The County-City Building in South Bend. Local governments and school districts have tightened their budgets brace for the so-called "fiscal cliff" in 2020. Staff file photo
The County-City Building in South Bend. Local governments and school districts have tightened their budgets brace for the so-called "fiscal cliff" in 2020. Staff file photo
SOUTH BEND — For years, local governments and school districts have tightened their budgets to brace for the so-called “fiscal cliff” in 2020.

That is when state-mandated property tax caps, which have already resulted in millions of dollars in lost revenue, will be fully implemented in the county.

But is the fiscal cliff as gloomy as it sounds? 

The term refers to the significant drop in property tax revenue that will be coming next year for several taxing bodies.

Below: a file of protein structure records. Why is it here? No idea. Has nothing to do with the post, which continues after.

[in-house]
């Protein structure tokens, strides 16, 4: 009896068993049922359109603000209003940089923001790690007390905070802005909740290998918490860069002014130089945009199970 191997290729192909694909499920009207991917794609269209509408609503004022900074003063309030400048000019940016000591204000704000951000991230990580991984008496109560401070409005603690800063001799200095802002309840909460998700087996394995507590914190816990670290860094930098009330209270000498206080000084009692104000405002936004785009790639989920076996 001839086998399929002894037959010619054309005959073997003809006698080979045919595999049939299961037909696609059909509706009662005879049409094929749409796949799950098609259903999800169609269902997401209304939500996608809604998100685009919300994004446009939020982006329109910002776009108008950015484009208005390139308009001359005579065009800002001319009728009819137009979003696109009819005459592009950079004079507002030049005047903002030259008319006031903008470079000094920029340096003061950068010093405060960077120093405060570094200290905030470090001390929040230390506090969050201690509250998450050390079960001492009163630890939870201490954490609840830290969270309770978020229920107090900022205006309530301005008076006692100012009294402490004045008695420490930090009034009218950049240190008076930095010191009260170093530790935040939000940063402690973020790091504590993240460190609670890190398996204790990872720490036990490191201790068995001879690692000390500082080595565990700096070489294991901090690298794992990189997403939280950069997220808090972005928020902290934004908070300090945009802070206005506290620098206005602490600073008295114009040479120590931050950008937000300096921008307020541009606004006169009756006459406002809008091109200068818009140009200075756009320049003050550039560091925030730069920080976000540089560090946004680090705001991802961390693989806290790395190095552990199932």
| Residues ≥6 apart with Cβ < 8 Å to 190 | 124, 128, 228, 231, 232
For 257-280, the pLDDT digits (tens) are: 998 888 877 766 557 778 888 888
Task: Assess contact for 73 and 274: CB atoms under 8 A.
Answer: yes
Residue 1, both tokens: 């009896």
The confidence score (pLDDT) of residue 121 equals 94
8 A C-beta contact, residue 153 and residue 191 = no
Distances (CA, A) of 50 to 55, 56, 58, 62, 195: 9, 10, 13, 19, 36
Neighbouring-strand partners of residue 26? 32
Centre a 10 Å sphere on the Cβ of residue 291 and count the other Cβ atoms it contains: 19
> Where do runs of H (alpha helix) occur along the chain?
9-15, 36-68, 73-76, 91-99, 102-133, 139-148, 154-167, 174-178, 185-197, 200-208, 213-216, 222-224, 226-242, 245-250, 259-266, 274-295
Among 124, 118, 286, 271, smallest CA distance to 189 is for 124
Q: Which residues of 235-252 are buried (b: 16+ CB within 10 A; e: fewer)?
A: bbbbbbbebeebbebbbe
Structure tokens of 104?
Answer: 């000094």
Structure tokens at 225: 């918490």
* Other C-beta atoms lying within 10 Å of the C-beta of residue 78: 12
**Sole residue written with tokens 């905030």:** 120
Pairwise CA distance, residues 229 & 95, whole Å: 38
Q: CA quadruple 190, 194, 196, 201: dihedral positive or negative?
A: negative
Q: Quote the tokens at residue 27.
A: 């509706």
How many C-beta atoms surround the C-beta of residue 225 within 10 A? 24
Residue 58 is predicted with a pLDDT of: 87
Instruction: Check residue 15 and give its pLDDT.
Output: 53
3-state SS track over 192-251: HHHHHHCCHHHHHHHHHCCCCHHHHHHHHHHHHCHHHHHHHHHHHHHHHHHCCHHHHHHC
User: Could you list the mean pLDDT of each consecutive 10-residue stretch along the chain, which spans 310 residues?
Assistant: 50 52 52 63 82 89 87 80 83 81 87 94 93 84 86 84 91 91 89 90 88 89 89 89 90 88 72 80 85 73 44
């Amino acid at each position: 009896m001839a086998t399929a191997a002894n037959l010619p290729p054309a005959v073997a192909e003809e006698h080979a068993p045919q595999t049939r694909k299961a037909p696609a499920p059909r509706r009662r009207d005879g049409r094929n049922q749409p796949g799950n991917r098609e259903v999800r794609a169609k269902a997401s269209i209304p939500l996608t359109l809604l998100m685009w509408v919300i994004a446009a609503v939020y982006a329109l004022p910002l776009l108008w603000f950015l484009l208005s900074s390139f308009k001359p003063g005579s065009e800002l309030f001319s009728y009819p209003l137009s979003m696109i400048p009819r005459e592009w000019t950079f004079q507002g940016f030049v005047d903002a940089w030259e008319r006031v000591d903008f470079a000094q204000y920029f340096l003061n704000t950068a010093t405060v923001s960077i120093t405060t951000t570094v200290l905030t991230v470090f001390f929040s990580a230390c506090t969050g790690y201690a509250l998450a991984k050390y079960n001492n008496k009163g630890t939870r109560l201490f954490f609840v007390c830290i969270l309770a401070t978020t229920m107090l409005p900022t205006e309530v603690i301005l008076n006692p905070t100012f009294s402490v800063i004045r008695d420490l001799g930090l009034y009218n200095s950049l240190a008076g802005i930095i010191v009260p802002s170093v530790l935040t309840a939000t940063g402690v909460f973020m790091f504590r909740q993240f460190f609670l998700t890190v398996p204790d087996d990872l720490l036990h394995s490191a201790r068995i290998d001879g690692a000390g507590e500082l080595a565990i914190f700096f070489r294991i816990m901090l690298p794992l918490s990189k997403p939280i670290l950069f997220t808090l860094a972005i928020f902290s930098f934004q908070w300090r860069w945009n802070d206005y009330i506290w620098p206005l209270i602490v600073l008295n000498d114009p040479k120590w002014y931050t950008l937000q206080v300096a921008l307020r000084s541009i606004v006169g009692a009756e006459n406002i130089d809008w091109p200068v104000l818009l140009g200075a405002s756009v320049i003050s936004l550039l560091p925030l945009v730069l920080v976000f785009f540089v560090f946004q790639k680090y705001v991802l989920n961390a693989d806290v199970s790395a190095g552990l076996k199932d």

It will affect the county government, cities, towns, townships, school districts and libraries. But some will be hit harder financially than others.

What is the cause?

St. Joseph and Lake counties face the same dilemma as a result of a “circuit breaker” reform bill that was passed in 2008 to cap property taxes and provide relief to taxpayers.

Unlike the state’s other 90 counties, the bill allowed St. Joseph and Lake to exempt any long-term debt issued before July 2008 from the tax caps. The two counties were provided the temporary debt exemption because of their heavy reliance on property taxes to pay for services.

But in 2020, the exemption will expire. That means any remaining debt from before July 2008 will count toward the caps.

State law caps property taxes at 1 percent of the net assessed value for homesteads, 2 percent for rental homes and agricultural land, and 3 percent for commercial and personal property.

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